(1) Using SDCard and SDIO with the Intel PXA250 MMC Controller Application Note

(2) Host Design Considerations: Application Note NAND MMC and SD-based Products

(3) Intel PXA27x Family Processor FAQ

SD WiFi Redux

Shortly after the SD WiFi card review was published, SanDisk sent me a 400MHz Dell Axim X3 Advanced to try, which they said should have significantly improved wireless throughput over that provided by the H2210. (SyChip says Sandisk’s SD WiFi card is capable of supporting SD 4 bit mode at a maximum clock rate of 25MHz.)

The Axim X3 Advanced model uses an Intel PXA263, also clocked at 400 MHz. Although the PXA263 has the same MMC interface as its sibling PXA255, it has integrated flash memory and an internal 32bit memory bus that could provide improved wireless speed.

SanDisk WiFi - Internal view

Figure 1: Internal view of the SD WiFi

(click on the image for a larger view)

I reran the tests using both the Dell X3 and HP H2210 and the Chariot test results are shown in Figure 2.

SD Wi-Fi in Dell 400MHz Axim X3 and HP H2210

Figure 2: SD Wi-Fi in Dell 400MHz Axim X3 and HP H2210

(click on the image for a larger view)

Figure 2 shows test results for AP to STA and STA to AP transfers with the SanDisk card inserted into the H2210 and X3. I used a NETGEAR ME102 Access Point (the same used in the original SD WiFi review) with the PDA under test within 6 feet or so of the AP.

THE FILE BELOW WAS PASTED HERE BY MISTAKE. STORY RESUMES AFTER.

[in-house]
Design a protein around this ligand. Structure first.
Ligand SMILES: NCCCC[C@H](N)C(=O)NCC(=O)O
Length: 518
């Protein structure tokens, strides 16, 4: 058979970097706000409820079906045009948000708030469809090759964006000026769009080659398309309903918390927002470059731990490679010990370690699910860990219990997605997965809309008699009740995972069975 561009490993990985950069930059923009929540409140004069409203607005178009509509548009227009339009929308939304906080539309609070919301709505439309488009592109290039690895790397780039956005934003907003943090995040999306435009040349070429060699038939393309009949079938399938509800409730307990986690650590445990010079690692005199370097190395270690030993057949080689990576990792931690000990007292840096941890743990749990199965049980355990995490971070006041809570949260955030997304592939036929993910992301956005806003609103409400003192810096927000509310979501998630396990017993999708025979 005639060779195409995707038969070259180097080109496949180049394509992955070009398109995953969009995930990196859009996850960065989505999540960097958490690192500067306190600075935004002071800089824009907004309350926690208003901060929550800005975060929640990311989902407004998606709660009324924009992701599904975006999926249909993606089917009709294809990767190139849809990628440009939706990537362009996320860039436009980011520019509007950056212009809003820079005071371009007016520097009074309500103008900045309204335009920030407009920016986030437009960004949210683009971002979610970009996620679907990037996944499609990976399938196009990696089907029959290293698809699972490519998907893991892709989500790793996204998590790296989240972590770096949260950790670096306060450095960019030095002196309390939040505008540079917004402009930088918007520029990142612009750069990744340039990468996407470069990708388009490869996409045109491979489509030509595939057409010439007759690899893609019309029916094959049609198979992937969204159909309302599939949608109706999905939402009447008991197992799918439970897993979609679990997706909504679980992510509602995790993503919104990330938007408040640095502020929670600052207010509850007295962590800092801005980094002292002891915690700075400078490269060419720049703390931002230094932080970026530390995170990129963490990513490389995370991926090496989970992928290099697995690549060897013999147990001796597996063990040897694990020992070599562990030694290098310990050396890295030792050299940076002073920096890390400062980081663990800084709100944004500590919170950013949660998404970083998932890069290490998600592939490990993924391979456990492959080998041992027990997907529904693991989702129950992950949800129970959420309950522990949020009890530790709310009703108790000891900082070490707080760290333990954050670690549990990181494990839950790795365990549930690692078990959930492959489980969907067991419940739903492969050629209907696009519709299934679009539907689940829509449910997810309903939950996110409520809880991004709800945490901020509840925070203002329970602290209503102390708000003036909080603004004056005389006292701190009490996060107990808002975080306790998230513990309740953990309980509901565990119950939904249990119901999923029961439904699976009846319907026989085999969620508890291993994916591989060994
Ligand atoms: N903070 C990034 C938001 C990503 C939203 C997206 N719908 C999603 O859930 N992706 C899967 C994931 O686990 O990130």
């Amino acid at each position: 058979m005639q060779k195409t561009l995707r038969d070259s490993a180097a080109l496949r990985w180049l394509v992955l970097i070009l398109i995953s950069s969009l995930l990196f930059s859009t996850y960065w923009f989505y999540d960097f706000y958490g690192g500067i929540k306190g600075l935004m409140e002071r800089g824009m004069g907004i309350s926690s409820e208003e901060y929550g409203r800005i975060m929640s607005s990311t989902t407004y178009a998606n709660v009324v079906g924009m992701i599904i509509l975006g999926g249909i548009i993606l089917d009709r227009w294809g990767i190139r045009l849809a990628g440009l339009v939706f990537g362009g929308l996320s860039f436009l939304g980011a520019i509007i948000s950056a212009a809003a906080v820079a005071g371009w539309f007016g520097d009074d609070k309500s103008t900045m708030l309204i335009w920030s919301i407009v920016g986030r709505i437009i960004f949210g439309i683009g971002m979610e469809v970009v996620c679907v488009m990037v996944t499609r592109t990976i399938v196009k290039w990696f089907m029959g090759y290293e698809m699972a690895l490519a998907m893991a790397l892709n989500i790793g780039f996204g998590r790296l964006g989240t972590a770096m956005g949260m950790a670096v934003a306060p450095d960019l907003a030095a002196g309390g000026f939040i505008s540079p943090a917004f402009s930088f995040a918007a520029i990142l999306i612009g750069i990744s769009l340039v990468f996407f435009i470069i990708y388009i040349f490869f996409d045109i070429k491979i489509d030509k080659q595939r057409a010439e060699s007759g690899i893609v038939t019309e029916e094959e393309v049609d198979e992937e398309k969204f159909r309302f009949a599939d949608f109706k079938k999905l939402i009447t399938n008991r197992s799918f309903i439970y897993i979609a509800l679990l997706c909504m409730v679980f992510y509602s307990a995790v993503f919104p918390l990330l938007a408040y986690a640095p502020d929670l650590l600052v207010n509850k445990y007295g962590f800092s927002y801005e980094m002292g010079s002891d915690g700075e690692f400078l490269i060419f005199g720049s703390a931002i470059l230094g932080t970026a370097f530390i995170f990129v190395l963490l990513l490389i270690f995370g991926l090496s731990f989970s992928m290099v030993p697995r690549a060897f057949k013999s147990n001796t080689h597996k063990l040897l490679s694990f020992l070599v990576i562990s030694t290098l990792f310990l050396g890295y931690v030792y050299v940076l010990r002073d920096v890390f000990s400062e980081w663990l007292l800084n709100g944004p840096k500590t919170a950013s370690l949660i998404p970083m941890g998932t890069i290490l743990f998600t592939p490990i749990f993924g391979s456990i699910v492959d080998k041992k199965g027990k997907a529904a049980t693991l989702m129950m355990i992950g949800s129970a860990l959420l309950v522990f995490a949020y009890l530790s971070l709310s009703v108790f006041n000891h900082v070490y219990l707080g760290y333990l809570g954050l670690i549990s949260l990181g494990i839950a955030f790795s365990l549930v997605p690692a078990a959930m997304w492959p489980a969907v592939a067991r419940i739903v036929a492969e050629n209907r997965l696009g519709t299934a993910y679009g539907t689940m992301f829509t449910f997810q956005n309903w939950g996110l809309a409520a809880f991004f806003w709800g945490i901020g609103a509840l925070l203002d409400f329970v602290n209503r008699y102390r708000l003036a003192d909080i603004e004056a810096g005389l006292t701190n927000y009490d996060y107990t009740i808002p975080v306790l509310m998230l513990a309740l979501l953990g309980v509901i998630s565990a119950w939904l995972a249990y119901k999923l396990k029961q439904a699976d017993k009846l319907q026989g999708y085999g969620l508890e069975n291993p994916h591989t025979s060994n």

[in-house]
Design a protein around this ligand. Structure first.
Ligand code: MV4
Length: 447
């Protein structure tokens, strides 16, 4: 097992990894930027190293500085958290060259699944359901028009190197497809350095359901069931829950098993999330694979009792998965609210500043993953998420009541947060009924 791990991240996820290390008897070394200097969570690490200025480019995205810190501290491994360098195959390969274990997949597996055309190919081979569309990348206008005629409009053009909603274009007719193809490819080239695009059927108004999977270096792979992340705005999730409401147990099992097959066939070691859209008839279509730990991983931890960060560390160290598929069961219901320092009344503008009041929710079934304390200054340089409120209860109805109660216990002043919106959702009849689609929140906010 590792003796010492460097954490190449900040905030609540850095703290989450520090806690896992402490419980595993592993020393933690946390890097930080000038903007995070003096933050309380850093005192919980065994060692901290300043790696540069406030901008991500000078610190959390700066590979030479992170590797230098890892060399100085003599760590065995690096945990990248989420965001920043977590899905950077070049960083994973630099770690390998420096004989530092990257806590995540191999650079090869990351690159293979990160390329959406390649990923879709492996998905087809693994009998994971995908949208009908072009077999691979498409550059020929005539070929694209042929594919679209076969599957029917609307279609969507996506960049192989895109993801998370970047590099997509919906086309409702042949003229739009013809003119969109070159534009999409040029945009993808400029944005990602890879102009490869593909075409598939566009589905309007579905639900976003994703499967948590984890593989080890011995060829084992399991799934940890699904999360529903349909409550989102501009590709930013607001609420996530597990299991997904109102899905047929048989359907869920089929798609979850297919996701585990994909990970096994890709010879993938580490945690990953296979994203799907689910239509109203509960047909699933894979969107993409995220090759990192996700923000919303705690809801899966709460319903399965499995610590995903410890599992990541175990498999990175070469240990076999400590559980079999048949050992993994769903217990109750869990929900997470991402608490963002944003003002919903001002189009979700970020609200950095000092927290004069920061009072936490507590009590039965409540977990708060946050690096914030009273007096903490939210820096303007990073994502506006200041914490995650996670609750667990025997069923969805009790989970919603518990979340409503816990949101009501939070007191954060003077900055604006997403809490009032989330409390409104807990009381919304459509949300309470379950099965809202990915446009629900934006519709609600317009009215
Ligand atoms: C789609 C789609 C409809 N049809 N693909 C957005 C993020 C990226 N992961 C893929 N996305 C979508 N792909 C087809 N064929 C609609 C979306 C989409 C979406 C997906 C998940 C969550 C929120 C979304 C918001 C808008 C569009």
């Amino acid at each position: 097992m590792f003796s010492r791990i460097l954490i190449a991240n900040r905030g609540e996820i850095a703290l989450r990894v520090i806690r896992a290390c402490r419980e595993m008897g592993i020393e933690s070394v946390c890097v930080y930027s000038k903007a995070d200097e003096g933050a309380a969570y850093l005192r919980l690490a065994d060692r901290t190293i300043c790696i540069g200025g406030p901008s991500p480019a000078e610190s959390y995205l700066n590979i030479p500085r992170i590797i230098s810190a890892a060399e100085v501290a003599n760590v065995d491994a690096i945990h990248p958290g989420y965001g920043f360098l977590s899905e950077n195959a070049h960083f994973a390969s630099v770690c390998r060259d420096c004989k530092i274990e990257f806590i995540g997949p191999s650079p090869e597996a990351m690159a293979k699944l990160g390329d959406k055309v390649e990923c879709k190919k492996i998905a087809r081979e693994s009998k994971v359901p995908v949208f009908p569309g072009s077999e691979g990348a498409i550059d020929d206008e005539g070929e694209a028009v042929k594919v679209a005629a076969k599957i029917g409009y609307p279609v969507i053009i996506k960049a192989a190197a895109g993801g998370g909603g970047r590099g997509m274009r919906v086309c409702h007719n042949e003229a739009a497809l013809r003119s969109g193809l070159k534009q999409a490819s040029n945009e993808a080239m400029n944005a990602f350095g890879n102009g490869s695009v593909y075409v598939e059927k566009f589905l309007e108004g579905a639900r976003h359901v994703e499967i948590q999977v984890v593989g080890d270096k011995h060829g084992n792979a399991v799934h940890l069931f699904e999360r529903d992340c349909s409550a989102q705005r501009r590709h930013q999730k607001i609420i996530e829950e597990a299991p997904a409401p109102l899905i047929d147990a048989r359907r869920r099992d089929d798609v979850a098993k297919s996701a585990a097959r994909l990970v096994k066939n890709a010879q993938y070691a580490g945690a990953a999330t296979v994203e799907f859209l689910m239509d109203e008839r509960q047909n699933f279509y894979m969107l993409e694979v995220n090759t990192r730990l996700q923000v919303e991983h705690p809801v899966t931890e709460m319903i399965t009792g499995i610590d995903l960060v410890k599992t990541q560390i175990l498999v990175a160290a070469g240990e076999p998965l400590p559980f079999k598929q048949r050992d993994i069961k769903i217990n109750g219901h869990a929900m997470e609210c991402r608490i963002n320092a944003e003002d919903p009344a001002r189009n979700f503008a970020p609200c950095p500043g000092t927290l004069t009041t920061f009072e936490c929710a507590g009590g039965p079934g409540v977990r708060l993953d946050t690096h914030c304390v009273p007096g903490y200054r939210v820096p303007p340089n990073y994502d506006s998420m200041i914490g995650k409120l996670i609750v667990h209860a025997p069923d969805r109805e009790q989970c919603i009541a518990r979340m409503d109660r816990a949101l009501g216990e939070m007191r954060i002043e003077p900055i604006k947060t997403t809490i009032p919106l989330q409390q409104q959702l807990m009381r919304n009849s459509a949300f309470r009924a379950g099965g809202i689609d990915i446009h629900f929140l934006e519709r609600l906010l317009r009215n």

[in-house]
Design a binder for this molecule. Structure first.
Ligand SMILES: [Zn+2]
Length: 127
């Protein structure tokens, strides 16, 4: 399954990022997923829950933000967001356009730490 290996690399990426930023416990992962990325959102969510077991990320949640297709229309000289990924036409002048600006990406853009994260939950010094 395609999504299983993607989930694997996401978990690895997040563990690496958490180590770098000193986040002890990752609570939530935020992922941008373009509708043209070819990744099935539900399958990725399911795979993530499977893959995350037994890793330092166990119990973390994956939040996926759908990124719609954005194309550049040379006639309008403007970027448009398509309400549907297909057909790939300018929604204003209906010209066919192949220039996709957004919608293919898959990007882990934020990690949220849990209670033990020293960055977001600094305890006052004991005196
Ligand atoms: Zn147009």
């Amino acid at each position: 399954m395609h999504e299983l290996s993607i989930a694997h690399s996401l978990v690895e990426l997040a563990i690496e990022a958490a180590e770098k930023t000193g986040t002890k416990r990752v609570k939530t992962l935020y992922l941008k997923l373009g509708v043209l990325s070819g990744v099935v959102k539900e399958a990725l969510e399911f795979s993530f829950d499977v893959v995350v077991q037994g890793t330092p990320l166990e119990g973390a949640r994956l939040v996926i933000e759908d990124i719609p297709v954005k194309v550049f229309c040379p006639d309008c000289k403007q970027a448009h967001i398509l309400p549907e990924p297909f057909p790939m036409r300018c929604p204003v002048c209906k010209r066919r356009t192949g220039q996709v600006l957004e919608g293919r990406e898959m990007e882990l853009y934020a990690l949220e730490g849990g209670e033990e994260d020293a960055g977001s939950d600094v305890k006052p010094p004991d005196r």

The results clearly show improved performance in both directions using the Axim X3. You can also see that AP to STA transfers were speedier no matter which PocketPC was used.

SyChip also sent me results of their own testing using the X3 and an ORiNOCO AP-500, also with PDA within 6 feet of the AP.

SD Wi-Fi in Dell 400MHz Axim X3 - AP to STA (SyChip data)

Figure 3: SD Wi-Fi in Dell 400MHz Axim X3 – AP to STA (SyChip data)

(click on the image for a larger view)

Figure 3 shows somewhat better performance than I obtained, but the results are still pretty consistent.


One of the reasons this article was delayed was to wait for ASUS’ MyPal A716 to become available. This is a PocketPC with built-in 802.11b and Bluetooth, as well as CF and SDIO slots. It uses an ASUS WL-155 radio module (Figure 4) that’s based on the Conexant PRISM 3 chipset.

Instead of using SDIO, ASUS wisely opted to connect the WL-155 to the Intel PXA255 400MHz processor with an internal modified Compact Flash interface.

ASUS A716 radio

Figure 4: ASUS A716 radio

This results in significantly better WiFi speed than the H2210 / SD WiFi combo, as shown in Figure 5.

ASUS A716 throughput

Figure 5: ASUS A716 throughput

(click on the image for a larger view)

You can once again see a marked difference in AP to STA and STA to AP speed, with both being closer to speeds obtained with a typical desktop / notebook 11b connection, though about 1Mbps lower.

PalmOne Tungsten C

I’ve saved the fastest WiFi PDA tested for last. Like the HP H2210 and ASUS A716, PalmOne’s Tungsten C also uses a 400MHz Intel PXA255 processor. But instead of using the PocketPC OS, it runs the Palm OS 5.2.1 Operating System.